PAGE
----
ReQuEST is aimed at providing a scalable tournament framework,
a common experimental methodology and an open repository
for continuous evaluation and optimization
of the quality vs. efficiency
Pareto optimality of a wide range of real-world applications,
libraries and models across the whole hardware/software stack
on complete platforms.
Tournament framework goals
ReQuEST promotes reproducibility of experimental results
and reusability of systems research artifacts
by standardizing evaluation methodologies
and facilitating the deployment of efficient solutions
on heterogeneous platforms.
The organizers develop a supporting open-source and portable
workflow framework to provide unified evaluation and real-time leader-board
of shared solutions.
Metrics and Pareto-optimality goals
ReQuEST promotes quality-awareness to the architecture and systems community,
and resource-awareness to the applications community and end-users.
We will keep and continuously update the best or original solutions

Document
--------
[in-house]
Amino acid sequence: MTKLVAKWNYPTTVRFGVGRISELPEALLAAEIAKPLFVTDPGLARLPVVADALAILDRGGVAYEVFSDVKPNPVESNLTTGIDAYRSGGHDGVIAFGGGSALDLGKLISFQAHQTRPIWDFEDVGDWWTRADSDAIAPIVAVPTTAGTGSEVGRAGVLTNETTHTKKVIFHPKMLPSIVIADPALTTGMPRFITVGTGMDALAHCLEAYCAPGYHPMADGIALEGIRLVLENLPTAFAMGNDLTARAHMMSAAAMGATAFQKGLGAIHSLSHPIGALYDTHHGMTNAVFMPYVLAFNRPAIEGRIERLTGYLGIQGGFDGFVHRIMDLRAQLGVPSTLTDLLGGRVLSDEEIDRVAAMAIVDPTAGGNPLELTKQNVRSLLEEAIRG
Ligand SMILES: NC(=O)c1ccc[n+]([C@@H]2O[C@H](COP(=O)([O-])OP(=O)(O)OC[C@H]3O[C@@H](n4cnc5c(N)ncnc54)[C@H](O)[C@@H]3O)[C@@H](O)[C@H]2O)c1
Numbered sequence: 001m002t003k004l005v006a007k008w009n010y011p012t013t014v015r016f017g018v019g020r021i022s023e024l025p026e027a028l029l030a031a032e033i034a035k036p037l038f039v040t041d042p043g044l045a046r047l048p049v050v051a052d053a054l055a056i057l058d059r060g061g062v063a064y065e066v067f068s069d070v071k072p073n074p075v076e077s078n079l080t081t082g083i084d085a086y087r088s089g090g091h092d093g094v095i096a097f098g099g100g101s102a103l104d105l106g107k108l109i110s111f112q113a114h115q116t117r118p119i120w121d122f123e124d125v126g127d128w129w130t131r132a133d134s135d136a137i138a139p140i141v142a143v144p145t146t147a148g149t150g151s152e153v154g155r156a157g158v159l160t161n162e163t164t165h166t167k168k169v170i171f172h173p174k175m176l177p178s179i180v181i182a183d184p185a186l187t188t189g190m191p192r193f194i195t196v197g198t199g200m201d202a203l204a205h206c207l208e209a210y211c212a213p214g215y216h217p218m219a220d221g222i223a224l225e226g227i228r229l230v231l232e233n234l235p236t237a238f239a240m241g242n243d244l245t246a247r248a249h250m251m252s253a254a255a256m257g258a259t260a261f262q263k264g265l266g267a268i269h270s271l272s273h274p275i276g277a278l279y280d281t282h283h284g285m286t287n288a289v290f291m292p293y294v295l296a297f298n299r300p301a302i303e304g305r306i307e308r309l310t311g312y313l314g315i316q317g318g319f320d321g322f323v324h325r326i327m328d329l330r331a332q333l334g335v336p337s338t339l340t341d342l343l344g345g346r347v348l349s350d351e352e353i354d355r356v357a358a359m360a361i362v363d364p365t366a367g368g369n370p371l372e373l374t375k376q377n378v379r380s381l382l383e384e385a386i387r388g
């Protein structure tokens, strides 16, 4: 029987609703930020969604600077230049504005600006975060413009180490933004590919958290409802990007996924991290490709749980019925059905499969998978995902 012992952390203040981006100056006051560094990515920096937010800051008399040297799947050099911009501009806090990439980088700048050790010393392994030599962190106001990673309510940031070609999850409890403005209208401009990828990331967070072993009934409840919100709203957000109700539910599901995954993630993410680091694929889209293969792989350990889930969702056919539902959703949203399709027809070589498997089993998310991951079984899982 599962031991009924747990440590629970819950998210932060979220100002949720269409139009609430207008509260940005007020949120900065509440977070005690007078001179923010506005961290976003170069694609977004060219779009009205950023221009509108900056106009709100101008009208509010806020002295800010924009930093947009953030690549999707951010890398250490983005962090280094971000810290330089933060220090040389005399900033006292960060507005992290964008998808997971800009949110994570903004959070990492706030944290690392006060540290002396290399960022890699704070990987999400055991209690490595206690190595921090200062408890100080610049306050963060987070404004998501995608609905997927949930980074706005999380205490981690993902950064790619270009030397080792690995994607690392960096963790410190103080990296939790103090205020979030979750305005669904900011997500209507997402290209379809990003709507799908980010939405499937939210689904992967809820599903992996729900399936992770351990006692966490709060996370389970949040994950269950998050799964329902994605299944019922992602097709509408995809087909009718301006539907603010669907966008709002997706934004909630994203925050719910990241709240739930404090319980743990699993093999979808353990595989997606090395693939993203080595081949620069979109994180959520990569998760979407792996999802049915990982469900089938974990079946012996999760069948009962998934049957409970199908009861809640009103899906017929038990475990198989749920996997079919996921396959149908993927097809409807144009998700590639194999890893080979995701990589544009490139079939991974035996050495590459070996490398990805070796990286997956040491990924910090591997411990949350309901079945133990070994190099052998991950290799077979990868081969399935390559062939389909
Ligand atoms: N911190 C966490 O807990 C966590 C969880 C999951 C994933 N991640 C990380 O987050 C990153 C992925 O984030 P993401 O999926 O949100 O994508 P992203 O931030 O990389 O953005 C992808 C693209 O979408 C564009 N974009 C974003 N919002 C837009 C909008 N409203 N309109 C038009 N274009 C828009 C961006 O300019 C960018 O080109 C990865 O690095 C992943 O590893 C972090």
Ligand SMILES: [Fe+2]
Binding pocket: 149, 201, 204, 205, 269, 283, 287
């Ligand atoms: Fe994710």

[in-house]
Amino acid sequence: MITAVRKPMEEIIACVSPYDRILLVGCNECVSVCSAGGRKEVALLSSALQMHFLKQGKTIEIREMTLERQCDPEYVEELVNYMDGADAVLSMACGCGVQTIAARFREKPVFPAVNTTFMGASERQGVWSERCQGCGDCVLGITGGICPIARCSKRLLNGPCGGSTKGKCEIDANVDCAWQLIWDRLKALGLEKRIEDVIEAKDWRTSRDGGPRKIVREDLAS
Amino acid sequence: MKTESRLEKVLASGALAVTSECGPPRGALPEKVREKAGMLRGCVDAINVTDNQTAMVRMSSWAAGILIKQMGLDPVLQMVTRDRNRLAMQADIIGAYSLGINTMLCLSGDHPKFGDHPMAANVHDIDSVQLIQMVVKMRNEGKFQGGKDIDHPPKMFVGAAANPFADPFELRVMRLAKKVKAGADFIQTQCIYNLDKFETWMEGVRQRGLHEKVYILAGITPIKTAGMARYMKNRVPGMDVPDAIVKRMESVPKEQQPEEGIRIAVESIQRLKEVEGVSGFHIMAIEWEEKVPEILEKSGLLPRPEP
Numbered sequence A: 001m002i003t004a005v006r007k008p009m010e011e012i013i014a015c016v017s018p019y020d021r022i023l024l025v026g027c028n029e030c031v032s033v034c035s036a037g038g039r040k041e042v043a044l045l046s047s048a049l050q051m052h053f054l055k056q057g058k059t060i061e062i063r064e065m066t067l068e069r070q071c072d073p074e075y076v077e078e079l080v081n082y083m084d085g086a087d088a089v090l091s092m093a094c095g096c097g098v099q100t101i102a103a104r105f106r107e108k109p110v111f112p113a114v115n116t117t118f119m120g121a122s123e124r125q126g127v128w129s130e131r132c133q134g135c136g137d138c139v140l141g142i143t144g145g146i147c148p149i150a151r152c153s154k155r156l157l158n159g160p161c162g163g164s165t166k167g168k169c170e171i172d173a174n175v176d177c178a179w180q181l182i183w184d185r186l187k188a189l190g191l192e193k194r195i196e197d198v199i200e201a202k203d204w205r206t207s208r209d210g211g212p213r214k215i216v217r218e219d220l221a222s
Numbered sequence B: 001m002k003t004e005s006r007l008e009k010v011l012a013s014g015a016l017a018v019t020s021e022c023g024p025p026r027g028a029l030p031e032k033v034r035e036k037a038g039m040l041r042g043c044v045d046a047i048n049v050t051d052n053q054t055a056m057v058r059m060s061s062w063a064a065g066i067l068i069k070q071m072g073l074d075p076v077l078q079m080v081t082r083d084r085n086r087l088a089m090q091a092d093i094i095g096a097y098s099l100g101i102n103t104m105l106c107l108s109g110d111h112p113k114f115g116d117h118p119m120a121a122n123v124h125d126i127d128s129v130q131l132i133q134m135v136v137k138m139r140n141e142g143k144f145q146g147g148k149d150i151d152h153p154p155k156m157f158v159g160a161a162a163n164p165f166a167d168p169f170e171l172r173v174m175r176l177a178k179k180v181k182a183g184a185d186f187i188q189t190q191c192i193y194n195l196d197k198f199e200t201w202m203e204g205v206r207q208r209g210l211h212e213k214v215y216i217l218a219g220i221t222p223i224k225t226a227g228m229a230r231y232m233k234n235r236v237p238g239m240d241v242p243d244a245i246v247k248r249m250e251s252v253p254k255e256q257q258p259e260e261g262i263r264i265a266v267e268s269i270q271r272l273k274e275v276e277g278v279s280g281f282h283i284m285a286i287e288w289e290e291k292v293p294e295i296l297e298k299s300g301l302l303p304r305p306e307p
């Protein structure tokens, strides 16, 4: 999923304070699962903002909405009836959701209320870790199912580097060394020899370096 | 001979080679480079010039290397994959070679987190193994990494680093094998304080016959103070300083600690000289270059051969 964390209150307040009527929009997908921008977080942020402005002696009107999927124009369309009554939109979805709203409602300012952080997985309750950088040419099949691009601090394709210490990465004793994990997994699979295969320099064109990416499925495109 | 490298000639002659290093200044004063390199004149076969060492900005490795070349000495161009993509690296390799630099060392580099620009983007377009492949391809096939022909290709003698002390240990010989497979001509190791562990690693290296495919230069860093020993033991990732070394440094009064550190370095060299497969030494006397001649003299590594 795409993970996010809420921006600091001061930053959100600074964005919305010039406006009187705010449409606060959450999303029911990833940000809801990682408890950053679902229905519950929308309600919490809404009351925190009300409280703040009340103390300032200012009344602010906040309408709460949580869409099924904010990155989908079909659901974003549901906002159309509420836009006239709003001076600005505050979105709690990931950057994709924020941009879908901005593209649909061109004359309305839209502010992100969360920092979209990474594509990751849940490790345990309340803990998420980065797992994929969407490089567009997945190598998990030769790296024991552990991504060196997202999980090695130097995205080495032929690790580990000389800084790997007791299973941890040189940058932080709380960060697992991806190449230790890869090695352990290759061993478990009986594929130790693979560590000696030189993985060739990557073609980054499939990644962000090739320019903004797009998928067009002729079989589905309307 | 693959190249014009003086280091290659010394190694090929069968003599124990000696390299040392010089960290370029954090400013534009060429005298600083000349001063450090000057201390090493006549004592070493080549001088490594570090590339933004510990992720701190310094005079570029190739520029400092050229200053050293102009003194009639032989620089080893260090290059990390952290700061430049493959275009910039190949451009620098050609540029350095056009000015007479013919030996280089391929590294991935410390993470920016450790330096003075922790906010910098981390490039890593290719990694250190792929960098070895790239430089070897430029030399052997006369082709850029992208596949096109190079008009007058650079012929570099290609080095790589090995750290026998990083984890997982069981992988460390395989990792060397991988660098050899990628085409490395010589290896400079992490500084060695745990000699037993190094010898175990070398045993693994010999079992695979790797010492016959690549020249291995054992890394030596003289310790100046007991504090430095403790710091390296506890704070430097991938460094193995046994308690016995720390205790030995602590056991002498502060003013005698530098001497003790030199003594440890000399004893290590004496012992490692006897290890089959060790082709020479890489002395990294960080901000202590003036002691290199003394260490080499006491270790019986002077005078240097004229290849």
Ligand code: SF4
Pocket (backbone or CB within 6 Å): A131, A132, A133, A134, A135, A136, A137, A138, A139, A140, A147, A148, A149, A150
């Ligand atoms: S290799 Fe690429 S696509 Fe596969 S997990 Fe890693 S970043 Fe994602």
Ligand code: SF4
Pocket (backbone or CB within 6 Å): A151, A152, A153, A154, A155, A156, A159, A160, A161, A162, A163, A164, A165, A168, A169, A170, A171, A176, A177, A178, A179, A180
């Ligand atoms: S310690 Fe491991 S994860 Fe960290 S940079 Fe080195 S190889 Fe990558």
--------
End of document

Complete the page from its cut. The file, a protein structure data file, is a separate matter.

close to a Pareto frontier in a multi-dimensional space
of accuracy, execution time, power consumption,
memory usage, resiliency, code/hardware/model size, costs
and other metrics in a public repository.
Eventually we may want to converge on a few meaningful metrics
to assess quality on a per-application basis,
and efficiency on a per-platform basis.
In the long term, we will constitute a comprehensive suite of workloads, datasets and models
covering applications domains that are most relevant to researchers in academia and industry
(AI, Quantum, etc).
This suite will evolve according to feedback and contributions from the community
thus substituting ad-hoc, artificial, quickly outdated or non-representative benchmarks.
Furthermore, all artifacts from this suite can be automatically plugged in to the ReQuEST
competition workflows to simplify, automate and accelerate systems R&D.
Complete platforms goals
ReQuEST aims at covering a comprehensive set of hardware systems from data-centers down
to sensory nodes, and incorporate various forms of processors including GPUs, DSPs, FPGAs,
Neuromorphic and even analogue accelerators in the long term.
Open systems research goal
We attempt to put systems researchers, application writers and end-users on the same ground
by providing a common evaluation framework and sharing all optimization results
in an open and reproducible way.